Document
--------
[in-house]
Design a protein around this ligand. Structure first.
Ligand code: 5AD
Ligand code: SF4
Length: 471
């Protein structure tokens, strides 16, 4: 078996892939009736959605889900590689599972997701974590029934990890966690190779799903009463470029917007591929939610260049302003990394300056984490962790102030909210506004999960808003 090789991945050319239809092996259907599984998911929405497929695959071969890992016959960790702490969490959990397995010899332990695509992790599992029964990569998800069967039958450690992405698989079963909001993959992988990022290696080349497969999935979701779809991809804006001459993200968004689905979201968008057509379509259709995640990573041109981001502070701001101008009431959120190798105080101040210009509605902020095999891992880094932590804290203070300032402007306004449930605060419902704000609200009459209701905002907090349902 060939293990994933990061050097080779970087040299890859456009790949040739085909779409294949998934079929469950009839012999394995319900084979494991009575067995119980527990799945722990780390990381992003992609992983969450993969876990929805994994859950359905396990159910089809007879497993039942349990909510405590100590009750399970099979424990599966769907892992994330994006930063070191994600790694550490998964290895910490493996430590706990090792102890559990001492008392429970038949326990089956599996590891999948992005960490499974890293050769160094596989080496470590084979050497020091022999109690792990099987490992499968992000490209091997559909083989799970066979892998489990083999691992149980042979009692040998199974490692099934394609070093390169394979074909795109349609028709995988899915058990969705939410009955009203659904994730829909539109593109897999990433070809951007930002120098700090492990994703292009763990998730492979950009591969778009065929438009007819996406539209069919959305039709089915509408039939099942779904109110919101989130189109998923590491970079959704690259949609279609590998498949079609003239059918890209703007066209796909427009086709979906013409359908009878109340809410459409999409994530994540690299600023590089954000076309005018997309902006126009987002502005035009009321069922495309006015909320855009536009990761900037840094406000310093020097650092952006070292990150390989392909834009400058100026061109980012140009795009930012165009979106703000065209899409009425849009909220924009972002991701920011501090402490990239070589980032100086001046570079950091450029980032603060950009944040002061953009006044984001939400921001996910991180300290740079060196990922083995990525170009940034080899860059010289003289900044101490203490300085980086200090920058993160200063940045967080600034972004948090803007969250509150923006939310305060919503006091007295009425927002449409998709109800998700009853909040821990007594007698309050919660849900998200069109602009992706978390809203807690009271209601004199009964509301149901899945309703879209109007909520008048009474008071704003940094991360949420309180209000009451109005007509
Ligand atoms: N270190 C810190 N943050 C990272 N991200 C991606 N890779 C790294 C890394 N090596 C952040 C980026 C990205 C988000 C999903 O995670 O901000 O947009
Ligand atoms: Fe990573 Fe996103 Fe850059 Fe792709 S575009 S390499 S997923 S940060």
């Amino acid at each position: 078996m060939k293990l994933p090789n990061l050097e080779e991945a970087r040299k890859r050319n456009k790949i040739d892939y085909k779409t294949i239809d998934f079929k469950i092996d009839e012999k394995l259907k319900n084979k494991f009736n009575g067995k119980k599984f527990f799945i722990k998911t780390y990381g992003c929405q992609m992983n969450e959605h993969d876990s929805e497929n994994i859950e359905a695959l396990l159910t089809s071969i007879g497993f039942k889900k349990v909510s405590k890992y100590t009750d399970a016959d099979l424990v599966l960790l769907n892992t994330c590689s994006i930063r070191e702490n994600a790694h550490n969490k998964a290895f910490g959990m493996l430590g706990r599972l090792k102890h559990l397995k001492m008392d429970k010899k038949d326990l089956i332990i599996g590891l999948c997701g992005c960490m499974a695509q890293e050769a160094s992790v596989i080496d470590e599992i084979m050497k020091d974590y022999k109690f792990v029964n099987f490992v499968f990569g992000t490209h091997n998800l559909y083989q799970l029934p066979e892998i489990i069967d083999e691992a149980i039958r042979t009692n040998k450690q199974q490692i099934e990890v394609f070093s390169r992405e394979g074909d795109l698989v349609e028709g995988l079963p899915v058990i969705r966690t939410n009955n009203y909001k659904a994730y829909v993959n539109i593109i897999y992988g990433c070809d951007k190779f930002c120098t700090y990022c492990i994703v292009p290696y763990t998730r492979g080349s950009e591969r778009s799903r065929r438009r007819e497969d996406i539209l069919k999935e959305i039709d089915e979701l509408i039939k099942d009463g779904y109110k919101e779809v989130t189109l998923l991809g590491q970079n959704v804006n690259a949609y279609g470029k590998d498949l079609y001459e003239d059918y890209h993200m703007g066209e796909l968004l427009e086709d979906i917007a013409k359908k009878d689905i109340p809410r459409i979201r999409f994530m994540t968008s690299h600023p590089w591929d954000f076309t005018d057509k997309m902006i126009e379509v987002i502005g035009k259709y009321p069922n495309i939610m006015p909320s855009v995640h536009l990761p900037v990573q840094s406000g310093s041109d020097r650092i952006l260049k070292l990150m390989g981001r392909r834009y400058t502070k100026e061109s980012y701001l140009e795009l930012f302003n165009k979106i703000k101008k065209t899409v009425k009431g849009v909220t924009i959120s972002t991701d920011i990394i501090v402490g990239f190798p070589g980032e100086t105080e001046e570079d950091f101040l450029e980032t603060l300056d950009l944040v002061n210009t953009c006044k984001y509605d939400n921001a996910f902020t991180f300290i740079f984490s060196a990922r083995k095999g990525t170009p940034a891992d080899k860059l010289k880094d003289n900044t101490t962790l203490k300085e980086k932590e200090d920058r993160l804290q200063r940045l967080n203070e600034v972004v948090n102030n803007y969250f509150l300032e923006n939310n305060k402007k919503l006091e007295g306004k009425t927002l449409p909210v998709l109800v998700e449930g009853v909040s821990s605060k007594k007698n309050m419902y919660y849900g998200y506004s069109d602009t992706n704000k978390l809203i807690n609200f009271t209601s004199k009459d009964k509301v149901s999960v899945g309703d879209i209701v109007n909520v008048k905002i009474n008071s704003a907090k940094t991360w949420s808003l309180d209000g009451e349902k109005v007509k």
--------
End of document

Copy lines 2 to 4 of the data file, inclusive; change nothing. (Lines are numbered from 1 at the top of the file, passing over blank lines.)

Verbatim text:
Design a protein around this ligand. Structure first.
Ligand code: 5AD
Ligand code: SF4